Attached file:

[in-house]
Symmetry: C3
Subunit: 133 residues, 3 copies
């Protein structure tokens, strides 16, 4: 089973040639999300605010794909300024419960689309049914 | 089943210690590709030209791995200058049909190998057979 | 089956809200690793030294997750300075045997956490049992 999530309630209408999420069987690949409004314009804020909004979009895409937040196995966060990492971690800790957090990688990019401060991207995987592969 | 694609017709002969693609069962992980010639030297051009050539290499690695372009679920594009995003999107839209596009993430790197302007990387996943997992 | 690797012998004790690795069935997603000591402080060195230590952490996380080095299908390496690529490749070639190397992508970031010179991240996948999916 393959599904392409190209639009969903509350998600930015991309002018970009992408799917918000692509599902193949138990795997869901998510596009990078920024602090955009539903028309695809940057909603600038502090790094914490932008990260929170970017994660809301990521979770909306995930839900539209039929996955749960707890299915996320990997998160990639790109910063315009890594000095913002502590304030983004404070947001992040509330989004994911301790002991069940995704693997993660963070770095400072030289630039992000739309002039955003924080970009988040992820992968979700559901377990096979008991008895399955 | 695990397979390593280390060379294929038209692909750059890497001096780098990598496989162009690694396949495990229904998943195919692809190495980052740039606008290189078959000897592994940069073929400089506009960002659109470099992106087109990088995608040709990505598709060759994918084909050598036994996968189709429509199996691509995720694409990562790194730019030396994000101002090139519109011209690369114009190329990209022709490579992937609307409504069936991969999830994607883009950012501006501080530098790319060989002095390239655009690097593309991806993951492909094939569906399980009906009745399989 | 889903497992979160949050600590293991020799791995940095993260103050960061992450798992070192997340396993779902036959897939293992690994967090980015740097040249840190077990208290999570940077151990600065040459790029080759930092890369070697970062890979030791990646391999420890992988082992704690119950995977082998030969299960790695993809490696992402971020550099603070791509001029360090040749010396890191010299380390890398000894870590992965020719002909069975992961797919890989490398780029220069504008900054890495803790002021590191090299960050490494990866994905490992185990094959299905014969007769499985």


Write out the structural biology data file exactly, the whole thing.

[in-house]
Symmetry: C3
Subunit: 133 residues, 3 copies
């Protein structure tokens, strides 16, 4: 089973040639999300605010794909300024419960689309049914 | 089943210690590709030209791995200058049909190998057979 | 089956809200690793030294997750300075045997956490049992 999530309630209408999420069987690949409004314009804020909004979009895409937040196995966060990492971690800790957090990688990019401060991207995987592969 | 694609017709002969693609069962992980010639030297051009050539290499690695372009679920594009995003999107839209596009993430790197302007990387996943997992 | 690797012998004790690795069935997603000591402080060195230590952490996380080095299908390496690529490749070639190397992508970031010179991240996948999916 393959599904392409190209639009969903509350998600930015991309002018970009992408799917918000692509599902193949138990795997869901998510596009990078920024602090955009539903028309695809940057909603600038502090790094914490932008990260929170970017994660809301990521979770909306995930839900539209039929996955749960707890299915996320990997998160990639790109910063315009890594000095913002502590304030983004404070947001992040509330989004994911301790002991069940995704693997993660963070770095400072030289630039992000739309002039955003924080970009988040992820992968979700559901377990096979008991008895399955 | 695990397979390593280390060379294929038209692909750059890497001096780098990598496989162009690694396949495990229904998943195919692809190495980052740039606008290189078959000897592994940069073929400089506009960002659109470099992106087109990088995608040709990505598709060759994918084909050598036994996968189709429509199996691509995720694409990562790194730019030396994000101002090139519109011209690369114009190329990209022709490579992937609307409504069936991969999830994607883009950012501006501080530098790319060989002095390239655009690097593309991806993951492909094939569906399980009906009745399989 | 889903497992979160949050600590293991020799791995940095993260103050960061992450798992070192997340396993779902036959897939293992690994967090980015740097040249840190077990208290999570940077151990600065040459790029080759930092890369070697970062890979030791990646391999420890992988082992704690119950995977082998030969299960790695993809490696992402971020550099603070791509001029360090040749010396890191010299380390890398000894870590992965020719002909069975992961797919890989490398780029220069504008900054890495803790002021590191090299960050490494990866994905490992185990094959299905014969007769499985």